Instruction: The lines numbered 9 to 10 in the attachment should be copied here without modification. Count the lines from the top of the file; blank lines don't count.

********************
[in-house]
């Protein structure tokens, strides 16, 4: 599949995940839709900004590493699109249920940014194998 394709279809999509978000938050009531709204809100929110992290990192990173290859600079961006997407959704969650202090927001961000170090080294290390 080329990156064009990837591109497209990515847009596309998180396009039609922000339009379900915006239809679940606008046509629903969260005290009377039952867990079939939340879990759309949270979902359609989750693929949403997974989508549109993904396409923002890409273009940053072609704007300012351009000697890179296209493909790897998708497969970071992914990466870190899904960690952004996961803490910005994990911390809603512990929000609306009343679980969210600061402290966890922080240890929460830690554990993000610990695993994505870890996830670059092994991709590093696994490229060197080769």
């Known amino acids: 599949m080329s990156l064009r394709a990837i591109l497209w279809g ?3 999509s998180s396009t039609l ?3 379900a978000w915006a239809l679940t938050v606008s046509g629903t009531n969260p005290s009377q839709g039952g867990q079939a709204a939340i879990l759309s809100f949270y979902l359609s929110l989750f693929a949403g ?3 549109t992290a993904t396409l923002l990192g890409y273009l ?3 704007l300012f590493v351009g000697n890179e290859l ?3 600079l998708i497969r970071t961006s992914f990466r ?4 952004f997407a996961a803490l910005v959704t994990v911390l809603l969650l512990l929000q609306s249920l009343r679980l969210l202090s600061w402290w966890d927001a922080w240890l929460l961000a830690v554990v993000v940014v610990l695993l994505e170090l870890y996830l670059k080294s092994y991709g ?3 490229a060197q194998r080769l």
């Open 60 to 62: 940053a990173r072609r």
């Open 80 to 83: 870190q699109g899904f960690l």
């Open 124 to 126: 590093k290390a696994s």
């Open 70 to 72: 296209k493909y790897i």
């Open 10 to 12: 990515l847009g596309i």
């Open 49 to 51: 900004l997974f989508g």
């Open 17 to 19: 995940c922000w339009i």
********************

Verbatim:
């Open 49 to 51: 900004l997974f989508g």
């Open 17 to 19: 995940c922000w339009i």